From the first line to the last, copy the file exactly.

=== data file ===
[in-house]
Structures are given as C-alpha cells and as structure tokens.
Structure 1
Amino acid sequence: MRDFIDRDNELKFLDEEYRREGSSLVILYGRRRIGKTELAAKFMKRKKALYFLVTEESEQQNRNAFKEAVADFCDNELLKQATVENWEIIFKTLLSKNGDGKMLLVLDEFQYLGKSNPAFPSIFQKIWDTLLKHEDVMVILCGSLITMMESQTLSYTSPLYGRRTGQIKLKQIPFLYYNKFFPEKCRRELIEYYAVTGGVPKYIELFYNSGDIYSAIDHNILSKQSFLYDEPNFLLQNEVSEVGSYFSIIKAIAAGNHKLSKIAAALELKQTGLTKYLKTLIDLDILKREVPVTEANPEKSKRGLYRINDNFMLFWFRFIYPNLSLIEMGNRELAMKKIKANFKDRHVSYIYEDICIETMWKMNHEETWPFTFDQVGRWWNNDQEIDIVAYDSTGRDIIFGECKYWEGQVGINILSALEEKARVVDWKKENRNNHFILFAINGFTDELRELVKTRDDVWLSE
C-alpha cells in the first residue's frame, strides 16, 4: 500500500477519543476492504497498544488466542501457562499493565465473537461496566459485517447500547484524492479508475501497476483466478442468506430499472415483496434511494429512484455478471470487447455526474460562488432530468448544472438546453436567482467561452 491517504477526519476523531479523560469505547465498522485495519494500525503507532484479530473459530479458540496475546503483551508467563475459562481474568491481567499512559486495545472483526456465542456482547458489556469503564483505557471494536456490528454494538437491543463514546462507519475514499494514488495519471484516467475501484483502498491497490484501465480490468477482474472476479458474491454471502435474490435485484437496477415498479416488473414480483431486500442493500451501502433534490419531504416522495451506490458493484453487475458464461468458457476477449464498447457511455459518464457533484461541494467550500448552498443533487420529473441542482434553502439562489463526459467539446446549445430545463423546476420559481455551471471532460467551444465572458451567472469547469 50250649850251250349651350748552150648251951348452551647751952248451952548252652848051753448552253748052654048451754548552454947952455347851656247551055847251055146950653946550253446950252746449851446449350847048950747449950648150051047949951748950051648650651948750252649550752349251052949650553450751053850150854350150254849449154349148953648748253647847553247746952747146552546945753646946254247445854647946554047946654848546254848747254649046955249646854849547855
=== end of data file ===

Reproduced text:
[in-house]
Structures are given as C-alpha cells and as structure tokens.
Structure 1
Amino acid sequence: MRDFIDRDNELKFLDEEYRREGSSLVILYGRRRIGKTELAAKFMKRKKALYFLVTEESEQQNRNAFKEAVADFCDNELLKQATVENWEIIFKTLLSKNGDGKMLLVLDEFQYLGKSNPAFPSIFQKIWDTLLKHEDVMVILCGSLITMMESQTLSYTSPLYGRRTGQIKLKQIPFLYYNKFFPEKCRRELIEYYAVTGGVPKYIELFYNSGDIYSAIDHNILSKQSFLYDEPNFLLQNEVSEVGSYFSIIKAIAAGNHKLSKIAAALELKQTGLTKYLKTLIDLDILKREVPVTEANPEKSKRGLYRINDNFMLFWFRFIYPNLSLIEMGNRELAMKKIKANFKDRHVSYIYEDICIETMWKMNHEETWPFTFDQVGRWWNNDQEIDIVAYDSTGRDIIFGECKYWEGQVGINILSALEEKARVVDWKKENRNNHFILFAINGFTDELRELVKTRDDVWLSE
C-alpha cells in the first residue's frame, strides 16, 4: 500500500477519543476492504497498544488466542501457562499493565465473537461496566459485517447500547484524492479508475501497476483466478442468506430499472415483496434511494429512484455478471470487447455526474460562488432530468448544472438546453436567482467561452 491517504477526519476523531479523560469505547465498522485495519494500525503507532484479530473459530479458540496475546503483551508467563475459562481474568491481567499512559486495545472483526456465542456482547458489556469503564483505557471494536456490528454494538437491543463514546462507519475514499494514488495519471484516467475501484483502498491497490484501465480490468477482474472476479458474491454471502435474490435485484437496477415498479416488473414480483431486500442493500451501502433534490419531504416522495451506490458493484453487475458464461468458457476477449464498447457511455459518464457533484461541494467550500448552498443533487420529473441542482434553502439562489463526459467539446446549445430545463423546476420559481455551471471532460467551444465572458451567472469547469 50250649850251250349651350748552150648251951348452551647751952248451952548252652848051753448552253748052654048451754548552454947952455347851656247551055847251055146950653946550253446950252746449851446449350847048950747449950648150051047949951748950051648650651948750252649550752349251052949650553450751053850150854350150254849449154349148953648748253647847553247746952747146552546945753646946254247445854647946554047946654848546254848747254649046955249646854849547855